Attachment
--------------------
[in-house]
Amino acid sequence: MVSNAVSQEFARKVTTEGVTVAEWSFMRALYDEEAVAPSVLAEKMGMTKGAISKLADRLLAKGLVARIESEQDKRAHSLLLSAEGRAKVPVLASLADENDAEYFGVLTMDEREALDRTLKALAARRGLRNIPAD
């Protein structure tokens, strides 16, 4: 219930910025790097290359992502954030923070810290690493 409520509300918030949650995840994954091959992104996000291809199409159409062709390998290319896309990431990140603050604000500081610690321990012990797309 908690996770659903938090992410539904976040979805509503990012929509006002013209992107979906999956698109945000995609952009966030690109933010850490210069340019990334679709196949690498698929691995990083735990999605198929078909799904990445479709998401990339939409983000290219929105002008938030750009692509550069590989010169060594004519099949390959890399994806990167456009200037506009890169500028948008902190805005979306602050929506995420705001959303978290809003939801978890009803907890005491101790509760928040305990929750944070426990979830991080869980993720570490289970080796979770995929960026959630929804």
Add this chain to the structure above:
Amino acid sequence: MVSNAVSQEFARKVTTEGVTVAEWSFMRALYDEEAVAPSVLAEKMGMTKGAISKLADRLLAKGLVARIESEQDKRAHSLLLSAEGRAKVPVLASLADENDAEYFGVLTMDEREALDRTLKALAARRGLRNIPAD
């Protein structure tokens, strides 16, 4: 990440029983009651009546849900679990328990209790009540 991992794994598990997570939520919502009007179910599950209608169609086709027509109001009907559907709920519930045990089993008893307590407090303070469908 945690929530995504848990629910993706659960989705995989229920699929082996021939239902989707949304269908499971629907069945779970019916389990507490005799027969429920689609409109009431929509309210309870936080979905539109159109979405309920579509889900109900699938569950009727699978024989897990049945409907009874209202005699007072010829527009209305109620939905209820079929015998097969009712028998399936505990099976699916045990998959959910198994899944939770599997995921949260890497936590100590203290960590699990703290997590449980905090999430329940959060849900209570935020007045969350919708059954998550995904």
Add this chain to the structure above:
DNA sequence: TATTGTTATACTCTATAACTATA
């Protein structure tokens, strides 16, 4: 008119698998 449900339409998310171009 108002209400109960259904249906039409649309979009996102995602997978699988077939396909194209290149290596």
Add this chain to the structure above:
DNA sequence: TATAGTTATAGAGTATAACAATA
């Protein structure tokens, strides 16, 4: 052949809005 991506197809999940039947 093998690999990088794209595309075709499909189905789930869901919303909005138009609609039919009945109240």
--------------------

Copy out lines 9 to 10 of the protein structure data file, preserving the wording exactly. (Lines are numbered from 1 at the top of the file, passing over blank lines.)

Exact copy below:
């Protein structure tokens, strides 16, 4: 008119698998 449900339409998310171009 108002209400109960259904249906039409649309979009996102995602997978699988077939396909194209290149290596």
Add this chain to the structure above: